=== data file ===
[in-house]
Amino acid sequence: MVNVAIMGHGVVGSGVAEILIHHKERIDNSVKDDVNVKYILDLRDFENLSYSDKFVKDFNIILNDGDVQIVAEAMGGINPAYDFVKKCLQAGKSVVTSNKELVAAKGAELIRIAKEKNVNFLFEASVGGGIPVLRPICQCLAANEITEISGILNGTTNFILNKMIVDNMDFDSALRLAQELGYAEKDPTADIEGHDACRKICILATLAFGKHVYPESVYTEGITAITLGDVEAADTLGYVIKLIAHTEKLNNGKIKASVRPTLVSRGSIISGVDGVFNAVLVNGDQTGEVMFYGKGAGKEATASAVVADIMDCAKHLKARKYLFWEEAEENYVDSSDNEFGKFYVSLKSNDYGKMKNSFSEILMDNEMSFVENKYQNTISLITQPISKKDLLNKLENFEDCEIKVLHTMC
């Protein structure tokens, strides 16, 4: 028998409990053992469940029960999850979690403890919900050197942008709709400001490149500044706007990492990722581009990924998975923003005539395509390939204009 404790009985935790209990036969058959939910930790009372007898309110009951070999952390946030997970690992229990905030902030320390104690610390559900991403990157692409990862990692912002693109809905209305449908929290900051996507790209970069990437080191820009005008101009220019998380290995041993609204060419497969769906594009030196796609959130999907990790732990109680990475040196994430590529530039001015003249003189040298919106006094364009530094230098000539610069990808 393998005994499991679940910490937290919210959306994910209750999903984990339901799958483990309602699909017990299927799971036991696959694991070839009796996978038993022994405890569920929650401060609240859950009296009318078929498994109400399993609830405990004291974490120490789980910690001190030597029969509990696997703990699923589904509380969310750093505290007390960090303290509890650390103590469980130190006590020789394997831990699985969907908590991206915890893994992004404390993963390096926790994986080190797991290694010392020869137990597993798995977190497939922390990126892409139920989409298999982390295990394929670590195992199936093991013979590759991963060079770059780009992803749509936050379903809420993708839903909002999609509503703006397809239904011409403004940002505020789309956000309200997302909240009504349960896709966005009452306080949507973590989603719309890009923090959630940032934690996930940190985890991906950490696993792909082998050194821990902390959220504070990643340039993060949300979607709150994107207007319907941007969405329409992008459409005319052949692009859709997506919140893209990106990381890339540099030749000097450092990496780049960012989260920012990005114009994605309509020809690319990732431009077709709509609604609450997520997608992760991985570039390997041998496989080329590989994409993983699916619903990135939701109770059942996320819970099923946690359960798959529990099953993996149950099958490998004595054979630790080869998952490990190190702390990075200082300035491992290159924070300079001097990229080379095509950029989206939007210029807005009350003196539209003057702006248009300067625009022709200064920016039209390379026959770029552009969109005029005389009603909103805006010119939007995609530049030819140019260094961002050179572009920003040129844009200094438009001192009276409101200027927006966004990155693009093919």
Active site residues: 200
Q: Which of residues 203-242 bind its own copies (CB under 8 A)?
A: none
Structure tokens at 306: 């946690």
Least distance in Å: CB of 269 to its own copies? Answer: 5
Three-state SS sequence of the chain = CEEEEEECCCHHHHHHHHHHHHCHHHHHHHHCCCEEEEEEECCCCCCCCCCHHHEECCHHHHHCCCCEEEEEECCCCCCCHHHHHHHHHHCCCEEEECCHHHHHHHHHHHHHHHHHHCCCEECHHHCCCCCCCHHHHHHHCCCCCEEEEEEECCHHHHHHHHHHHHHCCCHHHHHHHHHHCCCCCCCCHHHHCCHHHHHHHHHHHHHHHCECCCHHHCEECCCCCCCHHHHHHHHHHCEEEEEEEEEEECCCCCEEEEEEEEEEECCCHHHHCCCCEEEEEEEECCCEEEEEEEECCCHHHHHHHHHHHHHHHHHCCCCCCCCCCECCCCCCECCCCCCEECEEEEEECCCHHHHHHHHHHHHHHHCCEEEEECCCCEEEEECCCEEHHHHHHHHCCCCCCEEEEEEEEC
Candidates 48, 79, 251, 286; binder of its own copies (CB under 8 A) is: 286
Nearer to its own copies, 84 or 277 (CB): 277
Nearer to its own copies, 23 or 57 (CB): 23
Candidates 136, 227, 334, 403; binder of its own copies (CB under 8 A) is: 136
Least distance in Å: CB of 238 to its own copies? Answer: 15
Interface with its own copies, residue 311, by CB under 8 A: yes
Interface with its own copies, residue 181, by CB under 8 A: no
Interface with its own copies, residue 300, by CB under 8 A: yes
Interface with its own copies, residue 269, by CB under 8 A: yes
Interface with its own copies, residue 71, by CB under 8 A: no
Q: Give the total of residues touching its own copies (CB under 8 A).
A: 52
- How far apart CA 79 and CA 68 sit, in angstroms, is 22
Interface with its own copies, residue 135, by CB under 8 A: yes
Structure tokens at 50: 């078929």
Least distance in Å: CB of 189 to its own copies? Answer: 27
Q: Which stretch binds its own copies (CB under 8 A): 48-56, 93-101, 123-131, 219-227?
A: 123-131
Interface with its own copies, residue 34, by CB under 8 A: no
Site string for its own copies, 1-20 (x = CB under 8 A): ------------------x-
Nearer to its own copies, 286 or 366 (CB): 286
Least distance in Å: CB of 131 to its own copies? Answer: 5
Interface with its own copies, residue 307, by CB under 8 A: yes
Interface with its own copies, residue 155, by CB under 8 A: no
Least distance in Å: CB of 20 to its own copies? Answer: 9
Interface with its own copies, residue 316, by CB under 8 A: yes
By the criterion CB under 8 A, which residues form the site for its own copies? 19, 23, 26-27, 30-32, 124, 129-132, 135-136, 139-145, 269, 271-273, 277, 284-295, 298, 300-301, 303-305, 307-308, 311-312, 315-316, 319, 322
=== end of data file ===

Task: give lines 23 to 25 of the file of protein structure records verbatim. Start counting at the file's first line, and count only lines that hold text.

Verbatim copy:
Interface with its own copies, residue 135, by CB under 8 A: yes
Structure tokens at 50: 């078929």
Least distance in Å: CB of 189 to its own copies? Answer: 27